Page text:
The Bottom Line: BPA and Endocrine Disruptors

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Unless you have been living under a rock for the past ten years, you probably know about BPA. Bisphenol A is a chemical used in the manufacturing of some hard plastics and liners for canned foods, including infant formula. In recent years, more and more plastic products, especially items like baby bottles, have adopted the “BPA-free” label. Why? It turns out that BPA mimics some effects of estrogens in the body.  BPA and chemicals like it, known collectively as endocrine disruptors, have been implicated in a disturbing variety of health problems, ranging from early puberty to cancer. The U.S. Food and Drug Administration banned the use of BPA in manufacturing of baby bottles and sippy cups in July, 2012. However, its use in can liners and other plastic products is still essentially unregulated. The science of endocrine disruptors is still in its infancy, and consumers are left to decide what constitutes an acceptable level of exposure. So, how concerned should we be?

Is BPA Safe?

This turns out to be a complicated question. The vast majority of studies on BPA and other endocrine disruptors have been done in rodents, whose endocrine systems are not equivalent to those of humans. Many of the early studies of these compounds exposed animals to doses much higher than humans might ever experience or administered the compounds via routes that were unlikely in humans (e.g. intravenously). There was also a widespread lack of consistent methodology across studies, with different labs examining different endpoints, so that results were nearly impossible to compare and interpret. Recent efforts by the FDA, National Institutes of Health and Centers for Disease Control have helped to coordinate multiple, large scale studies and improve methodology.

The Good News and the Bad News about BPA

Based on these more recent studies, there’s good and bad news. The good news: recent estimates of exposure levels for infants are 10-fold lower than previous estimates (0.24 micrograms/kg body weight/day vs. 2.4 micrograms/kg body weight per day) [1]. This may be partly due to increased inaccurate assumptions about how parents prepare bottles. Also, studies in primates, whose endocrine metabolism is closer to humans, suggest that most orally-administered BPA is rapidly metabolized to an inactive form and excreted [2].

Now, the bad news.  A recent study, in which pregnant rhesus monkeys were exposed continuously to low concentrations of BPA, similar to those found in human tissues, found that the ovaries of female fetuses had more unenclosed follicles [3]. This could mean that the female offspring of exposed monkeys would have fewer viable eggs and diminished reproductive success as adults, though this study did not follow the offspring to adulthood. Another study examined the effects of BPA on human breast epithelial cells grown in culture [4]. BPA increased expression of genes involved in DNA repair, including the BRCA1 and BRCA2 genes. Women who carry specific mutations in these genes are at five times greater risk for developing breast and ovarian cancers than the general population. The study suggests that women who carry these mutations may be unable to repair DNA damage induced by BPA and may be especially vulnerable to its effects on estrogen-sensitive tissues.

How Concerned Should We Be about BPA?

So, back to our original question: how concerned should we be? While exposure levels are probably fairly low, and much of the BPA we ingest is likely metabolized, there are certain populations, including pregnant women, infants and women at high risk for breast and ovarian cancer, who should be especially concerned. In the absence of tighter regulatory controls on BPA use in manufacturing, there are simple steps consumers can take to reduce their exposure. Bottom line, am I going to stop buying canned foods? Not entirely, but fresh is always nutritionally superior to canned anyhow. Do I buy BPA free bottles for my infant son? Absolutely.  Do I spend a lot of time worrying about my family’s exposure to BPA? No. Not because it’s not important, but because there are many other known endocrine disruptors in our environment, and probably many more that haven’t yet come to our attention. BPA is just a small piece of a very complex puzzle.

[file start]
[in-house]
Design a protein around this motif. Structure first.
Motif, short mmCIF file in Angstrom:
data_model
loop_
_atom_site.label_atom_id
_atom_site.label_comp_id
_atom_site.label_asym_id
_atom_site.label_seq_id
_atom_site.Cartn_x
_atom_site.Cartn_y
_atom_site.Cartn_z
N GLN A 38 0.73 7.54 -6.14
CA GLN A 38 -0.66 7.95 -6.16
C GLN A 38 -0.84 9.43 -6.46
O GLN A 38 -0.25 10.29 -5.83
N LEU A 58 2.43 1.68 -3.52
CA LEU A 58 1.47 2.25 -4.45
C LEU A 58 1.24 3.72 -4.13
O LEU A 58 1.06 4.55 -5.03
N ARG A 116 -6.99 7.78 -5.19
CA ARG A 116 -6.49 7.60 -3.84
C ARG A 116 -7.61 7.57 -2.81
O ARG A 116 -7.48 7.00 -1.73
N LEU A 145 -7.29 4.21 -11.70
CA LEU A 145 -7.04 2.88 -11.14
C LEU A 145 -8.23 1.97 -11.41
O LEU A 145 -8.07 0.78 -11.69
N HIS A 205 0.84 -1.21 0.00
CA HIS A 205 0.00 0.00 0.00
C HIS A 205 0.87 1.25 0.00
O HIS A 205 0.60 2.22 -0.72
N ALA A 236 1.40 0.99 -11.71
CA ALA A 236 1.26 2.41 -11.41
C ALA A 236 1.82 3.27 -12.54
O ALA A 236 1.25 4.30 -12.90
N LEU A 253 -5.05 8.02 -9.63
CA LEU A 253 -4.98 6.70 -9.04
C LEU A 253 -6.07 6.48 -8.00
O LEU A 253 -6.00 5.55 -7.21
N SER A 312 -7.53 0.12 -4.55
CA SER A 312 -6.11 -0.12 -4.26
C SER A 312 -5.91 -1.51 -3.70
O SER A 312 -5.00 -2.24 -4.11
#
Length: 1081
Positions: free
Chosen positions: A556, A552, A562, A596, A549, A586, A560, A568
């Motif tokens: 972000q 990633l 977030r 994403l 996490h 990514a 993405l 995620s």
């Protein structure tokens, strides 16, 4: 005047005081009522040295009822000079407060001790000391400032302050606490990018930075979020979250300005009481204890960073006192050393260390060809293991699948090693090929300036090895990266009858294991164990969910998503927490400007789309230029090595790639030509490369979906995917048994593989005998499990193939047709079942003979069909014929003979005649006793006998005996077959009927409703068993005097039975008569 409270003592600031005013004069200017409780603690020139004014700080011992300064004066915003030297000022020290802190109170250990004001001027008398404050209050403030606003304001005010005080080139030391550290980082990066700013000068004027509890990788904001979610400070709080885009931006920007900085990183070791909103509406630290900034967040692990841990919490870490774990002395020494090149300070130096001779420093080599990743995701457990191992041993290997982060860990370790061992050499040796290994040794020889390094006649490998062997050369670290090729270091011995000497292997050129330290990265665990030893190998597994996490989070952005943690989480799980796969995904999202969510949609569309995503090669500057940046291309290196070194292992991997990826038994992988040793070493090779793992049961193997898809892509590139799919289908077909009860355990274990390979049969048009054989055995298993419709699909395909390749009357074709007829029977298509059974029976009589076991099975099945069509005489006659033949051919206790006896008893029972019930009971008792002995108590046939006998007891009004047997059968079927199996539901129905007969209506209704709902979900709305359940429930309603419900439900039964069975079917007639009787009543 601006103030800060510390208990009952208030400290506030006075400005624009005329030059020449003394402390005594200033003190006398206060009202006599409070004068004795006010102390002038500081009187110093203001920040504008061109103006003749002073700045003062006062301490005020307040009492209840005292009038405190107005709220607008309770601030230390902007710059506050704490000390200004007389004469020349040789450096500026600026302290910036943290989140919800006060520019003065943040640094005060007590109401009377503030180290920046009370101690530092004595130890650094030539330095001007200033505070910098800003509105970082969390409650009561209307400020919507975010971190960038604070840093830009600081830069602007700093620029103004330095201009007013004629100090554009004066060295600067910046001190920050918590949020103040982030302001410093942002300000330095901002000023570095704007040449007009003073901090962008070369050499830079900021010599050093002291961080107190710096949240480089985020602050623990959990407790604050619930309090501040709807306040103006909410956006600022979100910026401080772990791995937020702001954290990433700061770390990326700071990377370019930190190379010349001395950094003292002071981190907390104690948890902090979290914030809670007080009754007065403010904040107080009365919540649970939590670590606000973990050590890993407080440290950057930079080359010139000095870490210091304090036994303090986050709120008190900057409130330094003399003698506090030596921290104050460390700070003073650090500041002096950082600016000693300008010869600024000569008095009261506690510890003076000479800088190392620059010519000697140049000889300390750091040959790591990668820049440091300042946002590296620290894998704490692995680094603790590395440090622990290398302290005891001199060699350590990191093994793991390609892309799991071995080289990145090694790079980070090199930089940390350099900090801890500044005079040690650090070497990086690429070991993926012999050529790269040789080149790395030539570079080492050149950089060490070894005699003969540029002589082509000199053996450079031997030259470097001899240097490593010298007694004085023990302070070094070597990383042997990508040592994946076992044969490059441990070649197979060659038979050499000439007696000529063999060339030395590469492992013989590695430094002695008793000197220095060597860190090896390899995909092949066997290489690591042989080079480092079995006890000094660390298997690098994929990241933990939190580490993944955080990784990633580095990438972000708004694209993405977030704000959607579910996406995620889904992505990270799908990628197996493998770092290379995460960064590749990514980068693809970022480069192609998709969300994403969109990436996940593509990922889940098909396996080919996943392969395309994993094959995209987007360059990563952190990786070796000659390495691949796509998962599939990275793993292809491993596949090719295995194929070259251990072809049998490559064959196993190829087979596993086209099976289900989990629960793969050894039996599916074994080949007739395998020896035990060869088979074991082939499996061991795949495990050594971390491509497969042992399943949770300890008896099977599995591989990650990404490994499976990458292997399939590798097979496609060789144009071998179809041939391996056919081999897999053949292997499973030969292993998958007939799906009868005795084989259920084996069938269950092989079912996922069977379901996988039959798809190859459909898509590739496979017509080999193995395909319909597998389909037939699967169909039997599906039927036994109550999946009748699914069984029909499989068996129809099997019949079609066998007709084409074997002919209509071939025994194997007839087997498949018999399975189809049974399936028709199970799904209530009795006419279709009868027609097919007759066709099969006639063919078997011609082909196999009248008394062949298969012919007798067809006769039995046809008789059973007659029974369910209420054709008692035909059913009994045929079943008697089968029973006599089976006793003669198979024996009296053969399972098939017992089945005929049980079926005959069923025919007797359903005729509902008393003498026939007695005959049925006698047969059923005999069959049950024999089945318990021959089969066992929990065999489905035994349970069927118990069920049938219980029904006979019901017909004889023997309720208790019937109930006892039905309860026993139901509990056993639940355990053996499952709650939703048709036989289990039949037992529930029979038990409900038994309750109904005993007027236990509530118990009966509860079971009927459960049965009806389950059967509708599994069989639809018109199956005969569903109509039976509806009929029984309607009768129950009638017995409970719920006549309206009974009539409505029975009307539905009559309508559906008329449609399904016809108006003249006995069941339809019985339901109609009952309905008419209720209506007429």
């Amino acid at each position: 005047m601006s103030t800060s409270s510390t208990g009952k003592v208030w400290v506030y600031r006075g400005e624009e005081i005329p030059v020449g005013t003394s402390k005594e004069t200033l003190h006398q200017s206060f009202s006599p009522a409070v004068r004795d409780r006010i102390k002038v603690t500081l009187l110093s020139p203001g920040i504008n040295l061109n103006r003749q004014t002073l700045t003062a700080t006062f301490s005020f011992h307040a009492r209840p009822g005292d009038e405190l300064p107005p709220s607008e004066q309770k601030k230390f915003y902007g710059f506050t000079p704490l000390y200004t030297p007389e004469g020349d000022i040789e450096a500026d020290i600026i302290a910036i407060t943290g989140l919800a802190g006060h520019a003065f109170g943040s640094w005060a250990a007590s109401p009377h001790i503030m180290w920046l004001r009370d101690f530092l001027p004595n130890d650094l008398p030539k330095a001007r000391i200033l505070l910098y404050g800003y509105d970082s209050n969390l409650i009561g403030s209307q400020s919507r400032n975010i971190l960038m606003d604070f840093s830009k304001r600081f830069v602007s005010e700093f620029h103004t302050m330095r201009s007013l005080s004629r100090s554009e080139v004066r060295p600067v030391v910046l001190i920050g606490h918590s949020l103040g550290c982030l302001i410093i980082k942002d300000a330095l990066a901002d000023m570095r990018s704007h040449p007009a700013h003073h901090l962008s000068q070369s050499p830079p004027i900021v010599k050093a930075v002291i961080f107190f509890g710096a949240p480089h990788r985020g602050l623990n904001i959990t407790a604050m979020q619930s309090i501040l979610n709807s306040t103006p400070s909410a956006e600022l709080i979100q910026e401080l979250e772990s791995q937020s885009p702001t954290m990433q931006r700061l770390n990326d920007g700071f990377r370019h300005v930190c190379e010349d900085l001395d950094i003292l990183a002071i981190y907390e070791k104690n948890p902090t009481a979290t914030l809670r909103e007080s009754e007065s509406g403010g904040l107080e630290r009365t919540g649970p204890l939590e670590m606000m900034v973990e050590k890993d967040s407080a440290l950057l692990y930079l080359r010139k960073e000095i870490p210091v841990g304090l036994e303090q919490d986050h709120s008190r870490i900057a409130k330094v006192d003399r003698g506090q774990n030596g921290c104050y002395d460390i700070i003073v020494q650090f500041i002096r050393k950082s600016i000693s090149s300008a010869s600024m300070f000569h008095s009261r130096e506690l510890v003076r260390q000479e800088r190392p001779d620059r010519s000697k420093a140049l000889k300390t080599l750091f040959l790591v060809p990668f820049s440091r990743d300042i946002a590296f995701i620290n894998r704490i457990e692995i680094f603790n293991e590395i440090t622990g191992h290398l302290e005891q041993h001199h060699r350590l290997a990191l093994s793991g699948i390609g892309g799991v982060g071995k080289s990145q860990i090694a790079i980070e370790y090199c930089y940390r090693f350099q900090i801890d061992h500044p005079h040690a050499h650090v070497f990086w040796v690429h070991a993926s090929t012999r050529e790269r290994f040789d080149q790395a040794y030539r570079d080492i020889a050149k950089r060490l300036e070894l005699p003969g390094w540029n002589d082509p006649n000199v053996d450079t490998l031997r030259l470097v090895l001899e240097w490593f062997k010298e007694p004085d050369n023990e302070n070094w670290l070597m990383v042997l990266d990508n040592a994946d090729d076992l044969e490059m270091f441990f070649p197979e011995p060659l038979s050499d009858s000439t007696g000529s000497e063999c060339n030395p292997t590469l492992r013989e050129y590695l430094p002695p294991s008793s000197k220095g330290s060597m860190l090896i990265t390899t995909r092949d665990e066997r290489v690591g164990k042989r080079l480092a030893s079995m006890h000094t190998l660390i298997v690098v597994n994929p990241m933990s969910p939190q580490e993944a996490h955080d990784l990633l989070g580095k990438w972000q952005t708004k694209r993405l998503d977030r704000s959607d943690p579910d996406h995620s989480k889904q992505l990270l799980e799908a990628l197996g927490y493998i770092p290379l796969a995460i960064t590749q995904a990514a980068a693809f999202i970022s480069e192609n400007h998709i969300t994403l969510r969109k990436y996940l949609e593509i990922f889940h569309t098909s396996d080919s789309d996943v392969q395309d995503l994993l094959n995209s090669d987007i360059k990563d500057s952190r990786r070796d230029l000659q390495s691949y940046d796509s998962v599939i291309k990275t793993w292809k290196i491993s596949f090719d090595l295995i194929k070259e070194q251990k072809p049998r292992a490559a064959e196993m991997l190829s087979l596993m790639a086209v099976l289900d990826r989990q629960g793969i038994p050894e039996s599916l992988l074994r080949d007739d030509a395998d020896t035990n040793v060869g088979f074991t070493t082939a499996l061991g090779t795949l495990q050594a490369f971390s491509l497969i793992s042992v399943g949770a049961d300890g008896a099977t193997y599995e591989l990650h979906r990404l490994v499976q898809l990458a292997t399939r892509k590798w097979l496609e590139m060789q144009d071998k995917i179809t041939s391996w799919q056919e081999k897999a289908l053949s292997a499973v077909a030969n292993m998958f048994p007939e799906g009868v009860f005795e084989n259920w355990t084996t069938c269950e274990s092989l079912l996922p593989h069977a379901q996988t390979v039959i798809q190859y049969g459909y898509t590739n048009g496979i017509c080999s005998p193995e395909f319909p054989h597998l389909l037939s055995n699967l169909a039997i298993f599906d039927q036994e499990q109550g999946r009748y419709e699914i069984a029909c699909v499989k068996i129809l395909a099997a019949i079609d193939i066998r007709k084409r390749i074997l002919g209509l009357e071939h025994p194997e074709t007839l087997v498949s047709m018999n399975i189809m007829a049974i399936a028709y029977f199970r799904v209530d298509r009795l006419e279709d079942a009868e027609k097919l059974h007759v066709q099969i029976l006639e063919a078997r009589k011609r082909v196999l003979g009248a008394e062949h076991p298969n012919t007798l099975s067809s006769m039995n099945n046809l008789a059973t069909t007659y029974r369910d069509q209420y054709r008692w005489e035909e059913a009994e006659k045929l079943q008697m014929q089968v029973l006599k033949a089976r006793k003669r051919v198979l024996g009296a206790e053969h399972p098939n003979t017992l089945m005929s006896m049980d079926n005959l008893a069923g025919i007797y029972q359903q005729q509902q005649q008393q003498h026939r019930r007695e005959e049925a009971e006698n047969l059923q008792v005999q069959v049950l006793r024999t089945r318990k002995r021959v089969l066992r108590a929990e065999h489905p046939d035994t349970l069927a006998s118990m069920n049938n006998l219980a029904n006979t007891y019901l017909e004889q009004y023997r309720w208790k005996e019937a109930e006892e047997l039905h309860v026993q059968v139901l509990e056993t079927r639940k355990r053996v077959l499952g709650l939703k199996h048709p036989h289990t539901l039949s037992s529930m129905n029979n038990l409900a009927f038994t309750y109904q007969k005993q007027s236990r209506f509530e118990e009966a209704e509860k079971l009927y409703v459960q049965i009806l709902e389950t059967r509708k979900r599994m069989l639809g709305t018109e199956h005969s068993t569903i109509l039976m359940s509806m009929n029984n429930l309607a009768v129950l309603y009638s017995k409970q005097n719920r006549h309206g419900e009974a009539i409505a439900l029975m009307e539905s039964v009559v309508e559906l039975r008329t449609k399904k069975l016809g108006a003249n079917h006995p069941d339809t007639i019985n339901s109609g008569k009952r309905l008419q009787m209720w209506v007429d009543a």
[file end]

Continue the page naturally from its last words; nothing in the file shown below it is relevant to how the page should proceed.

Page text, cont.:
[1]Department of Health and Human Services. Memorandum: Exposure to Bisphenol A (BPA) for infants, toddlers and adults from the consumption of infant formula, toddler food and adult (canned) food. 2009

[2]Doerge D.R., Twaddle N.C., Woodling K.A., Fisher J.W.  Pharmacokinetics of bisphenol A in neonatal and adult rhesus monkeys, Toxicology and Applied Pharmacology 2010; 248: 1–11.

[3] Hunt P.A., Lawson C., Gieske M., Murdoch B., Smith H., Marre A., Hassold T., Vandevoort C.A. Bisphenol A alters early oogenesis and follicle formation in the fetal ovary of the rhesus monkey. PNAS USA;  2012 Sep 24. [Epub ahead of print].

[4] Fernandez S.V., Huang Y., Snider K.E., Zhou Y., Pogash T.J., Russo J. Expression and DNA methylation changes in human breast epithelial cells after bisphenol A exposure. International Journal of Oncology 2012; 41(1): 369-77.

Laurel conducts research in the areas of behavioral neuroscience and psychopharmacology. Specifically, her research uses rodent models of child neglect to investigate the effects of adverse early life experience on vulnerability to substance abuse. She also has ongoing interests in the neural bases of individual differences in reactivity to novel stimuli and stimulant drugs, and hormonal influences on behavioral responses to stimulants.

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